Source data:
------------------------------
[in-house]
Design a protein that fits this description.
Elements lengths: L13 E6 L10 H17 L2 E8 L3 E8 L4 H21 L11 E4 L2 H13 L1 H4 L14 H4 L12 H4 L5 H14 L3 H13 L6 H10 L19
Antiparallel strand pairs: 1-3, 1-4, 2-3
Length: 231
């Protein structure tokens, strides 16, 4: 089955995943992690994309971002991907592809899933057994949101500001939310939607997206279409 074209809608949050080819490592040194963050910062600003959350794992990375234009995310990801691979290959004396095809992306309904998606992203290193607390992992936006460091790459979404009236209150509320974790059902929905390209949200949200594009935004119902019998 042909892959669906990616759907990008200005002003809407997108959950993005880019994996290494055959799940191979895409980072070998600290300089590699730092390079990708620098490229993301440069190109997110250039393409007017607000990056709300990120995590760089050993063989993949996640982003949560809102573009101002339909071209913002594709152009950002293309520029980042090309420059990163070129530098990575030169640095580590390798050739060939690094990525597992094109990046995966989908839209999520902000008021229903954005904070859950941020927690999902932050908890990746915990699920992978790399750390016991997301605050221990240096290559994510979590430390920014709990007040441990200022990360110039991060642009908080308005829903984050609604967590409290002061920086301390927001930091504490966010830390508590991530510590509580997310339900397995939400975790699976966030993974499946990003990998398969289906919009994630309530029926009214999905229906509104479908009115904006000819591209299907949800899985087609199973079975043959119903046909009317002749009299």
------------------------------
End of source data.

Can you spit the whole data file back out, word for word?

[in-house]
Design a protein that fits this description.
Elements lengths: L13 E6 L10 H17 L2 E8 L3 E8 L4 H21 L11 E4 L2 H13 L1 H4 L14 H4 L12 H4 L5 H14 L3 H13 L6 H10 L19
Antiparallel strand pairs: 1-3, 1-4, 2-3
Length: 231
């Protein structure tokens, strides 16, 4: 089955995943992690994309971002991907592809899933057994949101500001939310939607997206279409 074209809608949050080819490592040194963050910062600003959350794992990375234009995310990801691979290959004396095809992306309904998606992203290193607390992992936006460091790459979404009236209150509320974790059902929905390209949200949200594009935004119902019998 042909892959669906990616759907990008200005002003809407997108959950993005880019994996290494055959799940191979895409980072070998600290300089590699730092390079990708620098490229993301440069190109997110250039393409007017607000990056709300990120995590760089050993063989993949996640982003949560809102573009101002339909071209913002594709152009950002293309520029980042090309420059990163070129530098990575030169640095580590390798050739060939690094990525597992094109990046995966989908839209999520902000008021229903954005904070859950941020927690999902932050908890990746915990699920992978790399750390016991997301605050221990240096290559994510979590430390920014709990007040441990200022990360110039991060642009908080308005829903984050609604967590409290002061920086301390927001930091504490966010830390508590991530510590509580997310339900397995939400975790699976966030993974499946990003990998398969289906919009994630309530029926009214999905229906509104479908009115904006000819591209299907949800899985087609199973079975043959119903046909009317002749009299």